Greg Cancro, manager of Traveler’s Village, Inc., a corporate travel management firm which has been a fixture at the property for four decades, said: “We’ve known of (the college’s) plans for close to five years. Are we happy about it? Of course not. We’d like them not to do it (tear down the building). We have extensive clientele who come from all over. We’re so established here, it would be a shame to lose this location.”
Like most of the other tenants, the travel firm pays its rent to the college on a “month-to-month” basis, Cancro said.
Over the past few years, as many as seven tenants have relocated rather than deal with the uncertainty of their situations. Windows in those spaces are filled with Bloomfield College promotional materials. Cancro said he’s more or less reconciled to the notion that, one day, his business will also have to leave.
But Avnish Patel, owner and operator of Gallagher Wine & Liquor, the biggest tenant with close to 5,000 square feet of space, is furious about his predicament.
“The college won’t be interested in renting space to a liquor store,” he said.
Patel, who has a yearly lease with the college, said he’s been scouting around for new locations but “we’re up against certain restrictions,” in terms of the territory where he can transfer his alcohol distribution license, available space and proximity to schools and houses of worship.
The liquor store has also been a longtime tenant – 40 years in the same spot – and Patel has been operating the last two decades. “We are the only liquor store in the center of town,” Patel said. “Now the township wants to take away central retail business and give it to a non-profit entity – that’s not right.”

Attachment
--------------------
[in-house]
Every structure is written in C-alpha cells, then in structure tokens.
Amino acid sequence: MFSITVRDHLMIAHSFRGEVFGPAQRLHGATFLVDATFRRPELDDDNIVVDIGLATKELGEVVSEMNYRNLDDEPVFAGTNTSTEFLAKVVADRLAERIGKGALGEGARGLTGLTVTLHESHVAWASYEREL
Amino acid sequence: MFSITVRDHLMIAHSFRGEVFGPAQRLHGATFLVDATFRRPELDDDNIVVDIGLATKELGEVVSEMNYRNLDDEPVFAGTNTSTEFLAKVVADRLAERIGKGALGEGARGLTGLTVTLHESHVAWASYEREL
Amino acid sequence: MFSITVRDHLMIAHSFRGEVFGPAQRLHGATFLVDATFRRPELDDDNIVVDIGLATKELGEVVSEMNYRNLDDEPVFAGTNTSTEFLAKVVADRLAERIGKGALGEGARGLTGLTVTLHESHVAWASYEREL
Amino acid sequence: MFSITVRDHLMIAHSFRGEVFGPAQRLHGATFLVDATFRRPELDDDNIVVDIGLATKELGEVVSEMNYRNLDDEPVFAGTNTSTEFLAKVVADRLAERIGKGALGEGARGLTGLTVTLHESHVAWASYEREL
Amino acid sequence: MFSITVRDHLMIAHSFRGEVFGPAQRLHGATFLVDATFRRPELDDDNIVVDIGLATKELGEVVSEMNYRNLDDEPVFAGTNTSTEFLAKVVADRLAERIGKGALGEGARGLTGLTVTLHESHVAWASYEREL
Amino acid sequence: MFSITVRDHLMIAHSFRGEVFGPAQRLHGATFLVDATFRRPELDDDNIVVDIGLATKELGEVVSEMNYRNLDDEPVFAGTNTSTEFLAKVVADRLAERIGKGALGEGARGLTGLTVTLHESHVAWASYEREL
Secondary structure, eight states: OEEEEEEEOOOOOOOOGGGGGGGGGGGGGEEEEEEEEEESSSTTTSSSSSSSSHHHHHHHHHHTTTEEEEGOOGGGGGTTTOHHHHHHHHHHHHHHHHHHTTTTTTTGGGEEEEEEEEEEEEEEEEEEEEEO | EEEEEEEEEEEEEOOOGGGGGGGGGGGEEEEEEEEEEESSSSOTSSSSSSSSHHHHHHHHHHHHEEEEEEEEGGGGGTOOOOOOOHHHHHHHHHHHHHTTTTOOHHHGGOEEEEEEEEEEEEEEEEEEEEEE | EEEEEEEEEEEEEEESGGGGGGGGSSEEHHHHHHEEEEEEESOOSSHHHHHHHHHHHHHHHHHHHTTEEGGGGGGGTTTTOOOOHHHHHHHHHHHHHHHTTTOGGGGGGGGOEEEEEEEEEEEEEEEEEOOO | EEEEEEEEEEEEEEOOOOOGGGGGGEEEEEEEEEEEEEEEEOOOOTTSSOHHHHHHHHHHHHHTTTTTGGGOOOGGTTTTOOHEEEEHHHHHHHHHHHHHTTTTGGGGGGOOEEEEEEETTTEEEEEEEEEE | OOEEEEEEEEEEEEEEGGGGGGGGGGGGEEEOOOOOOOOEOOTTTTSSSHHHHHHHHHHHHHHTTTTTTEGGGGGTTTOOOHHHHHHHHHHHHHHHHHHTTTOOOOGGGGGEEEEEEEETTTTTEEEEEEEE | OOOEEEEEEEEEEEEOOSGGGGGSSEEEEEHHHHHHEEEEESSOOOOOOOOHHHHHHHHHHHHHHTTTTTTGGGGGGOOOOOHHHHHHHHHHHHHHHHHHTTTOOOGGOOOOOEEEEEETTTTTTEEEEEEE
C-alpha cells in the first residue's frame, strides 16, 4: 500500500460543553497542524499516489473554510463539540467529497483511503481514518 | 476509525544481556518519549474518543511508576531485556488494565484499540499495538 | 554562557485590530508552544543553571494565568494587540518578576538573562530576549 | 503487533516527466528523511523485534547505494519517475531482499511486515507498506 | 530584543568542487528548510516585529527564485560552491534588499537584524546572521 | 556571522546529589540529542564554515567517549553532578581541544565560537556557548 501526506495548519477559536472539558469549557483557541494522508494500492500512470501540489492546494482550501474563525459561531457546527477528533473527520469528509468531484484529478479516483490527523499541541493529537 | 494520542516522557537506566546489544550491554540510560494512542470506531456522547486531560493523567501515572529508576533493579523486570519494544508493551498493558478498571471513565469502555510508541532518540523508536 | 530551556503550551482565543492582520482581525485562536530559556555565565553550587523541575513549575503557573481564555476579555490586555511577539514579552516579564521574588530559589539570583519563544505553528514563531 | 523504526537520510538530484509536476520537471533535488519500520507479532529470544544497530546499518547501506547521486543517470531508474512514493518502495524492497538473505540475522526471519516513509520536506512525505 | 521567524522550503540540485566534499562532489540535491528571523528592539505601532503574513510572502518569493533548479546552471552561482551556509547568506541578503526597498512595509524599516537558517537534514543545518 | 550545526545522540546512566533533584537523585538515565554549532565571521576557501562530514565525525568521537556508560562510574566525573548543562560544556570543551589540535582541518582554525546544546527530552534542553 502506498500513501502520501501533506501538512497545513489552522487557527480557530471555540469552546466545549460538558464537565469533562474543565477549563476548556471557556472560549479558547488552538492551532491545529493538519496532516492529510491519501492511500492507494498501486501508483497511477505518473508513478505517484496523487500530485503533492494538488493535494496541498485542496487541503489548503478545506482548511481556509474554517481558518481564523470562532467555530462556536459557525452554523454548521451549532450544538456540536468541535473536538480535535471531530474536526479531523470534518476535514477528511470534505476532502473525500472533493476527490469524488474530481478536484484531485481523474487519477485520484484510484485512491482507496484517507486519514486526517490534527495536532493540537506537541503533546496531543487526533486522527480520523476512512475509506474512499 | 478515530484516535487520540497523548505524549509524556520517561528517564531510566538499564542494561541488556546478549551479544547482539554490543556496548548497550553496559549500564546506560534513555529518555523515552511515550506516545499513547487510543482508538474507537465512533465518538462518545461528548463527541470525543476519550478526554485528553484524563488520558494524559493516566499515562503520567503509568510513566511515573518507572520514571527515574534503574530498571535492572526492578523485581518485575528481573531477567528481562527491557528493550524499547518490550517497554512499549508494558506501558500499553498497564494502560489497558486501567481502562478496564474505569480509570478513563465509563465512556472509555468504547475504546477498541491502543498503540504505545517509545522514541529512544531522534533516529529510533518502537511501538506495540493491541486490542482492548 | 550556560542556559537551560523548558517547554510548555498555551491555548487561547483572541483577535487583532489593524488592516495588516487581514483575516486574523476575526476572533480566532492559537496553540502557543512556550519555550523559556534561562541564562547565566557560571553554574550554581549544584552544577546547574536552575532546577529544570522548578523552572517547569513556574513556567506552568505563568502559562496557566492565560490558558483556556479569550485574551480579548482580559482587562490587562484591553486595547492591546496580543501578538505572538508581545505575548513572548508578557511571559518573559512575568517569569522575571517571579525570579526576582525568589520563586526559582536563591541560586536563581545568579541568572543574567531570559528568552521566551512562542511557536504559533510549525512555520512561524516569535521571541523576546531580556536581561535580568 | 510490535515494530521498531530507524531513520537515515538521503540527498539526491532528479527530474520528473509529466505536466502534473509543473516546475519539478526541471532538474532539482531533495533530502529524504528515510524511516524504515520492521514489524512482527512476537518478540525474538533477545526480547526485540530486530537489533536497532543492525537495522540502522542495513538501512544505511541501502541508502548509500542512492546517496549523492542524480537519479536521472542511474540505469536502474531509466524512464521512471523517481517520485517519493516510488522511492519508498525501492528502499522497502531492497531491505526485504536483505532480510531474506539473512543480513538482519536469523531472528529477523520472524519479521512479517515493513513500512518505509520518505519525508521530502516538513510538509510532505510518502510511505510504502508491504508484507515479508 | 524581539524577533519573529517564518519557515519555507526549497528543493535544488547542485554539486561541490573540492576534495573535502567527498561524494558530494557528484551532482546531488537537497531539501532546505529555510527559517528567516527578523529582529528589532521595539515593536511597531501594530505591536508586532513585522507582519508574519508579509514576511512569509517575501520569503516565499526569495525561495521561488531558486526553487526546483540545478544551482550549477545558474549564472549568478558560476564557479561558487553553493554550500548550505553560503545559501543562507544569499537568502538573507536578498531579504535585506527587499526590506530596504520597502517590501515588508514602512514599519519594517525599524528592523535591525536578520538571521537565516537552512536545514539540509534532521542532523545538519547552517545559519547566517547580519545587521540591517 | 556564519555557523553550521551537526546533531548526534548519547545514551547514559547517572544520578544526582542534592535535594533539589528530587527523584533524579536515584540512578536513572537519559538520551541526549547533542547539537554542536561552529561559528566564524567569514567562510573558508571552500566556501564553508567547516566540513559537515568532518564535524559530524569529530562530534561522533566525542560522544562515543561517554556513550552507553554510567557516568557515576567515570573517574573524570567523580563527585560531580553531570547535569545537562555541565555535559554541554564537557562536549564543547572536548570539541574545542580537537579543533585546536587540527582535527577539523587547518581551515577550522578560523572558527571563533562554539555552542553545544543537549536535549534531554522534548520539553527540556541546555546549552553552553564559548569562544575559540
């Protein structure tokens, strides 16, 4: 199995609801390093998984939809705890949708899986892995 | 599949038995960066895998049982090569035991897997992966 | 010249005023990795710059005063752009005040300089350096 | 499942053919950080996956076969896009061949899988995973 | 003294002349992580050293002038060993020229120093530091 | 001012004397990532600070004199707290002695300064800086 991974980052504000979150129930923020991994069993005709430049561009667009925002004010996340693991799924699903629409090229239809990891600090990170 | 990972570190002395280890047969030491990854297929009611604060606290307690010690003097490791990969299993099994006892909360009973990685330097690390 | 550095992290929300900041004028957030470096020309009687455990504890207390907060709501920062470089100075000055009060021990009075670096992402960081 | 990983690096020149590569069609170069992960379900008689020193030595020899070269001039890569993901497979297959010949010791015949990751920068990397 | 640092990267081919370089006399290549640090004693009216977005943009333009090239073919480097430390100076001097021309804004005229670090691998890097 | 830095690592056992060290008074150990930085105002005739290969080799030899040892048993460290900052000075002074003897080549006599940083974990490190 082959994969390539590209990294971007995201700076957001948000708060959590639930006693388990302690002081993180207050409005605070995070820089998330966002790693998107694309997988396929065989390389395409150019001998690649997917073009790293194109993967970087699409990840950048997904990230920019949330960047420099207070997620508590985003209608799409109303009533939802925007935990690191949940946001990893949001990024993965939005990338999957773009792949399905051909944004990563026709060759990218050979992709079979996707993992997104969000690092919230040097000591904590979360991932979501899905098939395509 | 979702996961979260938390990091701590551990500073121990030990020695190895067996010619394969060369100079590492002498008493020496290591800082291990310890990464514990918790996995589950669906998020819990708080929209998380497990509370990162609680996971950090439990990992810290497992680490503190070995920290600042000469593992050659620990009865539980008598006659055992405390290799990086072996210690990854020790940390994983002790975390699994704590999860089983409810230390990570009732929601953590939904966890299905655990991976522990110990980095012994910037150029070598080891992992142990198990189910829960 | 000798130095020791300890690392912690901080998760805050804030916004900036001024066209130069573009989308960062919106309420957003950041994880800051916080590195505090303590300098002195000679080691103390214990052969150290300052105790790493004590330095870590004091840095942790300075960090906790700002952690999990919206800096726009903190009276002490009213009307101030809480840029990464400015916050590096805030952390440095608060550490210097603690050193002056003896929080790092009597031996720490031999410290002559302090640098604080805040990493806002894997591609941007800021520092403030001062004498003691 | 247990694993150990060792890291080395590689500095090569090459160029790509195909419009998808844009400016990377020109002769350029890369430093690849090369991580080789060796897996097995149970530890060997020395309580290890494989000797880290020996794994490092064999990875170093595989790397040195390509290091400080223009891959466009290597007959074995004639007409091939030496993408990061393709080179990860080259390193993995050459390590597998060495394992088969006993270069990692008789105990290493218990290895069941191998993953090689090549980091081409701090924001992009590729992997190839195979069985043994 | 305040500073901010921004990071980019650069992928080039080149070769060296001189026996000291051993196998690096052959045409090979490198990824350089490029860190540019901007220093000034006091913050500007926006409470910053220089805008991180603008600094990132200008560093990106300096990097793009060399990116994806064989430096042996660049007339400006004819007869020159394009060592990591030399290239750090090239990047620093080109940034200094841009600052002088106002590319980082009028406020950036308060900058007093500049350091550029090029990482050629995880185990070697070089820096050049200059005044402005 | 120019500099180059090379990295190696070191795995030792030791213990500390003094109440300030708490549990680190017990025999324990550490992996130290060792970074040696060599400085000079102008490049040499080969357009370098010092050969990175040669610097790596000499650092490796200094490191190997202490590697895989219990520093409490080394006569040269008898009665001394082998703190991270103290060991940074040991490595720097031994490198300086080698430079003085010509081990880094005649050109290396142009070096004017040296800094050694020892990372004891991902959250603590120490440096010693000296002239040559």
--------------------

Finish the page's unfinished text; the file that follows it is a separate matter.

“Why doesn’t the college use any of the ample space it has on its campus?” Patel wondered.
Other tenants still at the property include a deli, nail salon and offices occupied by a realtor and insurance agent.
Township tax records show that for 2011, Bloomfield levied a total of $71,200 in real estate taxes on the three Broad St. lots the property comprises. Much – if not all – of that revenue figures to be eliminated, once the college replaces the existing building with its presumably tax-exempt dormitory.
There is scuttlebutt that some or all of the proposed retail space could be filled by a college bookstore and/ or cafeteria, which could also be considered taxexempt.
When the college will be filing construction plans and site plan application with the Bloomfield Planning Board is anybody’s guess. Alexander didn’t know and Florham Park attorney Glenn Pantel, the college’s legal representative, couldn’t be reached.
Asked how the project would be financed, Alexander said the college would likely apply to a bank for a construction loan. “That’s all in the works,” she said.
“We’re hoping in the next two to three years to occupy (the new facility),” Alexander said.
By Lisa Pezzolla
Last week, we at The Observer began our fun in the sun, so to speak, with an article about places to visit without burning a hole in your wallets and enjoying a memorable day out. In weeks to come, we will continue to map trips to places such as Princeton, N.J. and Hyde Park, N.Y..
One of our readers, Alexander MacDonald of Harrison, took the time out to share his recent trip to New Hope. He was excited to have had visited this newfound gem. His letter is featured below.
In the coming weeks we would like to invite our readers to share other places for us to feature.
If you have photos of the places you suggest, it would be nice if you can send them in so we can post them online. We have so much beauty around us, so I say get out the road map, hit the road, and enjoy our wondrous region!